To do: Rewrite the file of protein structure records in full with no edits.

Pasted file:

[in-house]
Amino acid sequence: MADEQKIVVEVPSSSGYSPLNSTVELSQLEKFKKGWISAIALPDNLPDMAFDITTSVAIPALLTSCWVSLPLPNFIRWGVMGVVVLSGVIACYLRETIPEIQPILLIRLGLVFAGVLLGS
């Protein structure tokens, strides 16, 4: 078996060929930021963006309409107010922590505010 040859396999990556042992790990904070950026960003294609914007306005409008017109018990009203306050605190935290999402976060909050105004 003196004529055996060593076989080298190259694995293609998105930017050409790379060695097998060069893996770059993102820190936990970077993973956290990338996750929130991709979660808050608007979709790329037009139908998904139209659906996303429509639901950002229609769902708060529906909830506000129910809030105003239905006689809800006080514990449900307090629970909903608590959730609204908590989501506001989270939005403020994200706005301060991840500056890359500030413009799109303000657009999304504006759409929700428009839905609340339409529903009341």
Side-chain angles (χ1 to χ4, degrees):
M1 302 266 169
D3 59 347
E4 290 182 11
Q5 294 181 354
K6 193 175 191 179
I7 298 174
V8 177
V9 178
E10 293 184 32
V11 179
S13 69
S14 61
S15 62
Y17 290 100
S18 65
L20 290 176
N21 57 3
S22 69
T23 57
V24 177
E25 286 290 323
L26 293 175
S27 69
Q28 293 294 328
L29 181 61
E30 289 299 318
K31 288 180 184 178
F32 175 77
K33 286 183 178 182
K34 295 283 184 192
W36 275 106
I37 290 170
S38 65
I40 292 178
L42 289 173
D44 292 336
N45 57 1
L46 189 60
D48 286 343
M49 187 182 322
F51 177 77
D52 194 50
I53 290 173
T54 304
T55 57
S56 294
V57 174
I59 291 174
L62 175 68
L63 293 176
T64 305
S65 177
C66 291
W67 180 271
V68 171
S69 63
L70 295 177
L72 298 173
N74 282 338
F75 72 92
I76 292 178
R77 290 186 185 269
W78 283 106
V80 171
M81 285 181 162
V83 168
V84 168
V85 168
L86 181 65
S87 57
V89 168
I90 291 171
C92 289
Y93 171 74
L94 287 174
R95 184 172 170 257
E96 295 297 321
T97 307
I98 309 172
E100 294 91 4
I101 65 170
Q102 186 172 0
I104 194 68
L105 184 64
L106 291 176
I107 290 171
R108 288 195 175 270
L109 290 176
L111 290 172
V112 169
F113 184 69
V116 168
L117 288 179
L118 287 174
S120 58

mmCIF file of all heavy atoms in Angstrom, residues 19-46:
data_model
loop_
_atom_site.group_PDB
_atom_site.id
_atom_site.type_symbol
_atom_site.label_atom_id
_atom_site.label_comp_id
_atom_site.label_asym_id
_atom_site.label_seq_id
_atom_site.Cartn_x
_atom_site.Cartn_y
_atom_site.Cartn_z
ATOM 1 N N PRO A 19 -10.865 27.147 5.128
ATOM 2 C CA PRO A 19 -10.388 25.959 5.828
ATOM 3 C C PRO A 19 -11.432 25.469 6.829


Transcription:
[in-house]
Amino acid sequence: MADEQKIVVEVPSSSGYSPLNSTVELSQLEKFKKGWISAIALPDNLPDMAFDITTSVAIPALLTSCWVSLPLPNFIRWGVMGVVVLSGVIACYLRETIPEIQPILLIRLGLVFAGVLLGS
């Protein structure tokens, strides 16, 4: 078996060929930021963006309409107010922590505010 040859396999990556042992790990904070950026960003294609914007306005409008017109018990009203306050605190935290999402976060909050105004 003196004529055996060593076989080298190259694995293609998105930017050409790379060695097998060069893996770059993102820190936990970077993973956290990338996750929130991709979660808050608007979709790329037009139908998904139209659906996303429509639901950002229609769902708060529906909830506000129910809030105003239905006689809800006080514990449900307090629970909903608590959730609204908590989501506001989270939005403020994200706005301060991840500056890359500030413009799109303000657009999304504006759409929700428009839905609340339409529903009341």
Side-chain angles (χ1 to χ4, degrees):
M1 302 266 169
D3 59 347
E4 290 182 11
Q5 294 181 354
K6 193 175 191 179
I7 298 174
V8 177
V9 178
E10 293 184 32
V11 179
S13 69
S14 61
S15 62
Y17 290 100
S18 65
L20 290 176
N21 57 3
S22 69
T23 57
V24 177
E25 286 290 323
L26 293 175
S27 69
Q28 293 294 328
L29 181 61
E30 289 299 318
K31 288 180 184 178
F32 175 77
K33 286 183 178 182
K34 295 283 184 192
W36 275 106
I37 290 170
S38 65
I40 292 178
L42 289 173
D44 292 336
N45 57 1
L46 189 60
D48 286 343
M49 187 182 322
F51 177 77
D52 194 50
I53 290 173
T54 304
T55 57
S56 294
V57 174
I59 291 174
L62 175 68
L63 293 176
T64 305
S65 177
C66 291
W67 180 271
V68 171
S69 63
L70 295 177
L72 298 173
N74 282 338
F75 72 92
I76 292 178
R77 290 186 185 269
W78 283 106
V80 171
M81 285 181 162
V83 168
V84 168
V85 168
L86 181 65
S87 57
V89 168
I90 291 171
C92 289
Y93 171 74
L94 287 174
R95 184 172 170 257
E96 295 297 321
T97 307
I98 309 172
E100 294 91 4
I101 65 170
Q102 186 172 0
I104 194 68
L105 184 64
L106 291 176
I107 290 171
R108 288 195 175 270
L109 290 176
L111 290 172
V112 169
F113 184 69
V116 168
L117 288 179
L118 287 174
S120 58

mmCIF file of all heavy atoms in Angstrom, residues 19-46:
data_model
loop_
_atom_site.group_PDB
_atom_site.id
_atom_site.type_symbol
_atom_site.label_atom_id
_atom_site.label_comp_id
_atom_site.label_asym_id
_atom_site.label_seq_id
_atom_site.Cartn_x
_atom_site.Cartn_y
_atom_site.Cartn_z
ATOM 1 N N PRO A 19 -10.865 27.147 5.128
ATOM 2 C CA PRO A 19 -10.388 25.959 5.828
ATOM 3 C C PRO A 19 -11.432 25.469 6.829